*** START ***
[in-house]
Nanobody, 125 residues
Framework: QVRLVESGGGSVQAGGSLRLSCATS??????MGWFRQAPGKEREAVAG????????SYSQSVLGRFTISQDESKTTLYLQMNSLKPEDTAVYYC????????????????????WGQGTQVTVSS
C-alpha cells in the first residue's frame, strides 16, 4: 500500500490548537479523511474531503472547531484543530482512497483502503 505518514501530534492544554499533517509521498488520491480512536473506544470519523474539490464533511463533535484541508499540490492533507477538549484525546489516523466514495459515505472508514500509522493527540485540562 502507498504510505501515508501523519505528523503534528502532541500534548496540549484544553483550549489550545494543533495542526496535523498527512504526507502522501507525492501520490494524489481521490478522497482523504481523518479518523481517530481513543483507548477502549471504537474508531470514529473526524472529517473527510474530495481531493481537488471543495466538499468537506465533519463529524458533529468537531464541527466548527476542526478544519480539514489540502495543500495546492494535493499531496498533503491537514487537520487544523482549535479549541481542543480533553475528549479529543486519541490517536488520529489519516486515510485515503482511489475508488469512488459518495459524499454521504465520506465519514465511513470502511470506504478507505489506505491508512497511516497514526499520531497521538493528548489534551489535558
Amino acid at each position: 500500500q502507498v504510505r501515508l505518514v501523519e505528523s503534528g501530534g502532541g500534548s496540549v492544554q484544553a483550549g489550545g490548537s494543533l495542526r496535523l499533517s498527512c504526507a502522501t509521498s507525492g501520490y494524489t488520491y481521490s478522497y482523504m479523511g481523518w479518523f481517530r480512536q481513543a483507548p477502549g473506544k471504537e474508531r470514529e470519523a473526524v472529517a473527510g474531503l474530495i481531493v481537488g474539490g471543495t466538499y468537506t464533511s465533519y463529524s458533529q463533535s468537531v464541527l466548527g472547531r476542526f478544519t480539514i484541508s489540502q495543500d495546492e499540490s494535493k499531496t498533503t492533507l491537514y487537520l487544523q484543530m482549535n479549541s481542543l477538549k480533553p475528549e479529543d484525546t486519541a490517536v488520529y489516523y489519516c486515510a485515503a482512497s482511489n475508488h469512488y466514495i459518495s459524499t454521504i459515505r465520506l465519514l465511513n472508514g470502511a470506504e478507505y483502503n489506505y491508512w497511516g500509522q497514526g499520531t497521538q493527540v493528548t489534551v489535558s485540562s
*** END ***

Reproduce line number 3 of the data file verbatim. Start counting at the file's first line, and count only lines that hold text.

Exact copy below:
Framework: QVRLVESGGGSVQAGGSLRLSCATS??????MGWFRQAPGKEREAVAG????????SYSQSVLGRFTISQDESKTTLYLQMNSLKPEDTAVYYC????????????????????WGQGTQVTVSS